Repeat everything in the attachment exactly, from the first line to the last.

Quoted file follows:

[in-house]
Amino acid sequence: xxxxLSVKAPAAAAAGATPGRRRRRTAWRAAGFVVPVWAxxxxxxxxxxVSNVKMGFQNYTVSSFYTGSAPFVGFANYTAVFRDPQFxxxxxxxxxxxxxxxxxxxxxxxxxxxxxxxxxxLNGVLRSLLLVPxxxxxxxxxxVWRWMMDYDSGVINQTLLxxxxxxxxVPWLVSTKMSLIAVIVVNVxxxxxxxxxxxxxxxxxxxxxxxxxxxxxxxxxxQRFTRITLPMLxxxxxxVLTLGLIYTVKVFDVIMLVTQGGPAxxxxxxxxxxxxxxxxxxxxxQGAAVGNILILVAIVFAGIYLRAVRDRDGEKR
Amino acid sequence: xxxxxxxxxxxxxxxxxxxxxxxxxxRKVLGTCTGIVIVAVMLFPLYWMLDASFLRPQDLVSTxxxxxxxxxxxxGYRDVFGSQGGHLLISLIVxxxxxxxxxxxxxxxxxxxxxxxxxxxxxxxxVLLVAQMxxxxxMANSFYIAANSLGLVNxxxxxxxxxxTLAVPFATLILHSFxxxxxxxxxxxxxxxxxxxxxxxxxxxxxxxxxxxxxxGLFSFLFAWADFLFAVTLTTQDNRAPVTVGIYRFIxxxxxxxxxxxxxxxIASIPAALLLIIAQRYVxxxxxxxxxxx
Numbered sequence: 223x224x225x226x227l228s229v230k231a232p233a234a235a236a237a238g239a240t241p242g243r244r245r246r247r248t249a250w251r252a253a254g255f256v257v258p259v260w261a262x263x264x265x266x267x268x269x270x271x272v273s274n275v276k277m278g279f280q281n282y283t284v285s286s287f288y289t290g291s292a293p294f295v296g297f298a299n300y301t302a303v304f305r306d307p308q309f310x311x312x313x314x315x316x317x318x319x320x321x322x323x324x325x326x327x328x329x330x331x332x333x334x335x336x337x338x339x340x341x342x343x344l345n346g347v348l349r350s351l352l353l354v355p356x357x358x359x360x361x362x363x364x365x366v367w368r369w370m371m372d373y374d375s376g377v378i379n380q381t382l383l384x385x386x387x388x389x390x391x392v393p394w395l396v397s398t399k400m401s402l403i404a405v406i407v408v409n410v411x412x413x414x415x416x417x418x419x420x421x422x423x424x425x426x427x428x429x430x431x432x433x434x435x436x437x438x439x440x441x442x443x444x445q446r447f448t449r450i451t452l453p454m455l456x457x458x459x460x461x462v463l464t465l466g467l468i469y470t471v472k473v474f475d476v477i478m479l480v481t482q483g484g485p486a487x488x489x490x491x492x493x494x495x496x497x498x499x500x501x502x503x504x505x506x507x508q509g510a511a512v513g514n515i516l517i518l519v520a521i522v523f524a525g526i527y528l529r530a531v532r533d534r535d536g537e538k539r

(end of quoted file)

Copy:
[in-house]
Amino acid sequence: xxxxLSVKAPAAAAAGATPGRRRRRTAWRAAGFVVPVWAxxxxxxxxxxVSNVKMGFQNYTVSSFYTGSAPFVGFANYTAVFRDPQFxxxxxxxxxxxxxxxxxxxxxxxxxxxxxxxxxxLNGVLRSLLLVPxxxxxxxxxxVWRWMMDYDSGVINQTLLxxxxxxxxVPWLVSTKMSLIAVIVVNVxxxxxxxxxxxxxxxxxxxxxxxxxxxxxxxxxxQRFTRITLPMLxxxxxxVLTLGLIYTVKVFDVIMLVTQGGPAxxxxxxxxxxxxxxxxxxxxxQGAAVGNILILVAIVFAGIYLRAVRDRDGEKR
Amino acid sequence: xxxxxxxxxxxxxxxxxxxxxxxxxxRKVLGTCTGIVIVAVMLFPLYWMLDASFLRPQDLVSTxxxxxxxxxxxxGYRDVFGSQGGHLLISLIVxxxxxxxxxxxxxxxxxxxxxxxxxxxxxxxxVLLVAQMxxxxxMANSFYIAANSLGLVNxxxxxxxxxxTLAVPFATLILHSFxxxxxxxxxxxxxxxxxxxxxxxxxxxxxxxxxxxxxxGLFSFLFAWADFLFAVTLTTQDNRAPVTVGIYRFIxxxxxxxxxxxxxxxIASIPAALLLIIAQRYVxxxxxxxxxxx
Numbered sequence: 223x224x225x226x227l228s229v230k231a232p233a234a235a236a237a238g239a240t241p242g243r244r245r246r247r248t249a250w251r252a253a254g255f256v257v258p259v260w261a262x263x264x265x266x267x268x269x270x271x272v273s274n275v276k277m278g279f280q281n282y283t284v285s286s287f288y289t290g291s292a293p294f295v296g297f298a299n300y301t302a303v304f305r306d307p308q309f310x311x312x313x314x315x316x317x318x319x320x321x322x323x324x325x326x327x328x329x330x331x332x333x334x335x336x337x338x339x340x341x342x343x344l345n346g347v348l349r350s351l352l353l354v355p356x357x358x359x360x361x362x363x364x365x366v367w368r369w370m371m372d373y374d375s376g377v378i379n380q381t382l383l384x385x386x387x388x389x390x391x392v393p394w395l396v397s398t399k400m401s402l403i404a405v406i407v408v409n410v411x412x413x414x415x416x417x418x419x420x421x422x423x424x425x426x427x428x429x430x431x432x433x434x435x436x437x438x439x440x441x442x443x444x445q446r447f448t449r450i451t452l453p454m455l456x457x458x459x460x461x462v463l464t465l466g467l468i469y470t471v472k473v474f475d476v477i478m479l480v481t482q483g484g485p486a487x488x489x490x491x492x493x494x495x496x497x498x499x500x501x502x503x504x505x506x507x508q509g510a511a512v513g514n515i516l517i518l519v520a521i522v523f524a525g526i527y528l529r530a531v532r533d534r535d536g537e538k539r